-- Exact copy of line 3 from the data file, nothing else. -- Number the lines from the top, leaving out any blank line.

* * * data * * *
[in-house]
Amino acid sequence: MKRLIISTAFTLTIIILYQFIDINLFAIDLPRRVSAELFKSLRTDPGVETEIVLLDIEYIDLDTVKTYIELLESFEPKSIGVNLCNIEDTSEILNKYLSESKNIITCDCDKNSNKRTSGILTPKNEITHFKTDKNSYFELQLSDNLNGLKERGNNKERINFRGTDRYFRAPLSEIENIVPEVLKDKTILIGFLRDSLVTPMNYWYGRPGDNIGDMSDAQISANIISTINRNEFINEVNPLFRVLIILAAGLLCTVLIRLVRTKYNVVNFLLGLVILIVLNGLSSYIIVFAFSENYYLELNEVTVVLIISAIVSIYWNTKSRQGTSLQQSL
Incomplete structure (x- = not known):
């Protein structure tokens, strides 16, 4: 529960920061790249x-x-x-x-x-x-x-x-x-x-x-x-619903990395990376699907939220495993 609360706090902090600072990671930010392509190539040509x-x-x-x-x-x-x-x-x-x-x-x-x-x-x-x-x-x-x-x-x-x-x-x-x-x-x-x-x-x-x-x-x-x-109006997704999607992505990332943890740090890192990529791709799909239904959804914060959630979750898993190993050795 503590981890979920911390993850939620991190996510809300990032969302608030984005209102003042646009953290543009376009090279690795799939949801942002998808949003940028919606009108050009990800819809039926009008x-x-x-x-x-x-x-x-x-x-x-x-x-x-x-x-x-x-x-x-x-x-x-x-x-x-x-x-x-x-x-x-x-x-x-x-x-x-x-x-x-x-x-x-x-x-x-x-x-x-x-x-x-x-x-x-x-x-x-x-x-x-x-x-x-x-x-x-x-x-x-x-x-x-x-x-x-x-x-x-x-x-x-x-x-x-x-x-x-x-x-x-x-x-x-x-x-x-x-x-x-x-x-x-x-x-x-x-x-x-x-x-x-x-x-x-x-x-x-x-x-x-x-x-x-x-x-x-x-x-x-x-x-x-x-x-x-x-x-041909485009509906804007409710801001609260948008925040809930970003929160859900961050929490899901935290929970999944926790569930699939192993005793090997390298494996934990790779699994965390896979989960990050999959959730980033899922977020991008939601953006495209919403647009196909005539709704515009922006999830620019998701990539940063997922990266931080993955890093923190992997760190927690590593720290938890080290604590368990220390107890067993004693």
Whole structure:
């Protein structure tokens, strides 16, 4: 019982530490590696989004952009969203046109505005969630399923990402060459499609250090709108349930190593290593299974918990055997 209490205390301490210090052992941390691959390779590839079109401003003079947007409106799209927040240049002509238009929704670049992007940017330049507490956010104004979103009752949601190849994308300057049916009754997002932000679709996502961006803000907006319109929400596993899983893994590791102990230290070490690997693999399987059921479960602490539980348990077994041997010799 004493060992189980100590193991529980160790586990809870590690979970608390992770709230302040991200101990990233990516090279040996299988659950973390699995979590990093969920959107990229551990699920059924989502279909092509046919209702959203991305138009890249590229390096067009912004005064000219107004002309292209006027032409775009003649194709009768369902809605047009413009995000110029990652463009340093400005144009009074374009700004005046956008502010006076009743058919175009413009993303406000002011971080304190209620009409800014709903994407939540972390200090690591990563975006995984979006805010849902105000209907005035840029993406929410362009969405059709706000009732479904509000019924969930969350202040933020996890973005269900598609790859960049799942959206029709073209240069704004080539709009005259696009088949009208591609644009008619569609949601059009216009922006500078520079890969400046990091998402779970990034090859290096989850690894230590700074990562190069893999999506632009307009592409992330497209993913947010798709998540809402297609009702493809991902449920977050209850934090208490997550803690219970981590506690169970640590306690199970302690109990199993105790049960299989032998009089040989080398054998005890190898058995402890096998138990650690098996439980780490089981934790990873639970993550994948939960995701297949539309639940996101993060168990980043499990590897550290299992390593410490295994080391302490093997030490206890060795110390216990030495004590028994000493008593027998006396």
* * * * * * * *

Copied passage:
Incomplete structure (x- = not known):